June 05,2003

Grassley Delivers Key Step Toward More Family Tax Relief

WASHINGTON – Sen. Chuck Grassley, chairman of the Committee on Finance, today wonSenate passage of a compromise version of his legislation to give Americans more family tax relief.The Senate’s vote resulted after Grassley worked this week to get a bipartisan consensus on a versionof his legislation that could pass the Senate and has the best chance of House passage.

“There’s a strong feeling in the Senate that we need more family tax relief, especially forlow-income families,” Grassley said. “My thought is, let’s strike while the iron is hot. We can helpcreate jobs and help people provide for their families. I’d like to have even more family tax relief,and I’ll continue to work toward more, but some extra tax relief is better than none.”

Earlier this week, Grassley introduced legislation to restore several family tax relief itemsthat House conferees wanted dropped from the just-passed jobs and economic growth tax reliefpackage. He worked with his colleagues to adjust the bill as needed to produce a good package thatcould pass quickly, become law, and result in more Americans receiving government checks in thenext few weeks. Grassley’s compromise legislation that passed the Senate today 94 to 2 has thefollowing provisions:

(1) An acceleration of the refundability of the child tax credit, a significant benefit for lowerincome parents in 2003. Grassley agreed to include this provision in his manager’s amendment tothe comprehensive tax relief bill, and it passed the full committee and the Senate, but House-Senateconferees dropped it, along with many other provisions.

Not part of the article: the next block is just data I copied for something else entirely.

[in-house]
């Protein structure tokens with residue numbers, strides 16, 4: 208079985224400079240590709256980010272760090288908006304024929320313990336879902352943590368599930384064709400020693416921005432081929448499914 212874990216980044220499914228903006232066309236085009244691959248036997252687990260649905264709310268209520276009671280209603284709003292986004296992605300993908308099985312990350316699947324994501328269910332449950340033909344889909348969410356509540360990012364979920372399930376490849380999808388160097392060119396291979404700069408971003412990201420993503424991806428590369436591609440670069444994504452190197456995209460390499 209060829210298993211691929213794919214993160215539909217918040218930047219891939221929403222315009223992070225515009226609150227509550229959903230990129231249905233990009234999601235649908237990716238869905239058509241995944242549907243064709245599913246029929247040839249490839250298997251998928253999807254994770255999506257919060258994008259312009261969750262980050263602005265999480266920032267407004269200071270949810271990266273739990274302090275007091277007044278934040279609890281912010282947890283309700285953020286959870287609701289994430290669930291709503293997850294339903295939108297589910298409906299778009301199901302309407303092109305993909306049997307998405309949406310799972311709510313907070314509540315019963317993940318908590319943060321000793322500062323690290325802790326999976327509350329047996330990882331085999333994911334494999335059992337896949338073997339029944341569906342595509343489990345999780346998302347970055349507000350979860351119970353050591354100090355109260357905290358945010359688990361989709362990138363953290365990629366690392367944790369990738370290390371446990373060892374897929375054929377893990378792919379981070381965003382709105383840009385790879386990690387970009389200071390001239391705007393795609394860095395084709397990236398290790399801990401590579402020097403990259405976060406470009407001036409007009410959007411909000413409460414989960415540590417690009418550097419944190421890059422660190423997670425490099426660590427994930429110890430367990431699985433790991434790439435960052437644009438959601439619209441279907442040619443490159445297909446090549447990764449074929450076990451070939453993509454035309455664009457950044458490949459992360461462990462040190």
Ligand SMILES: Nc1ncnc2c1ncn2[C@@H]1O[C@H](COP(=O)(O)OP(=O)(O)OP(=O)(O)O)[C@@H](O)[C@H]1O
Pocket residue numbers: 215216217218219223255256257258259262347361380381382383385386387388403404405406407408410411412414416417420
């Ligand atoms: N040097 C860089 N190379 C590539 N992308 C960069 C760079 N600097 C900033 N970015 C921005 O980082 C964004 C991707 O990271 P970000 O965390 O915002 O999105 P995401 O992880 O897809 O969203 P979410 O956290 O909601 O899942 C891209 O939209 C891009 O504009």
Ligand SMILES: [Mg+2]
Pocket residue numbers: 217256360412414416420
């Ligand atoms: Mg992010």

Grassley said the 2001 tax relief legislation, which he led the Senate in producing, createdthe refundable child credit. The refundable child credit benefits working families who wouldn’totherwise have received the child credit because they have too little or no income tax liability.Under refundability, these families receive a government check even though they have little or noincome tax liability.

Under the 2001 law, the child credit is refundable to the extent of 10 percent of the taxpayer’searned income in excess of $10,000 for 2001 through 2005. The percentage is increased to 15percent for 2005 and after. The $10,000 amount was indexed for inflation beginning in 2002.Under the new tax relief law, a family with an eligible child making $18,500 will get an $800 checkthis year – an increase from $600 under previous law. Under the new Grassley legislation thatpassed the Senate today, that family would get a $1,000 check this year.

Grassley said it’s important to remember that the accelerated refundable child credit doesn’tinclude the Earned Income Credit that a family might also receive. For example, under current law,a married couple with two children with income between $10,350 and $14,550 will receive a checkfor $4,140 for their 2002 return from the Earned Income Credit alone. This couple likely has nofederal income tax liability.

(2) Uniform definition of a child, a major tax simplification measure to make filing easierfor just about anyone with a child and to increase child-related benefits for hundreds of thousandsmore taxpayers.

Under current law, a series of different eligibility tests for child-related benefits are a sourceof complexity for a significant number of taxpayers and for the Internal Revenue Service, Grassleysaid. Also, they are a source of errors for taxpayers. For more than a decade, tax experts such asthose at the Joint Committee on Taxation have recommended a uniform definition of a child as amajor tax simplification measure.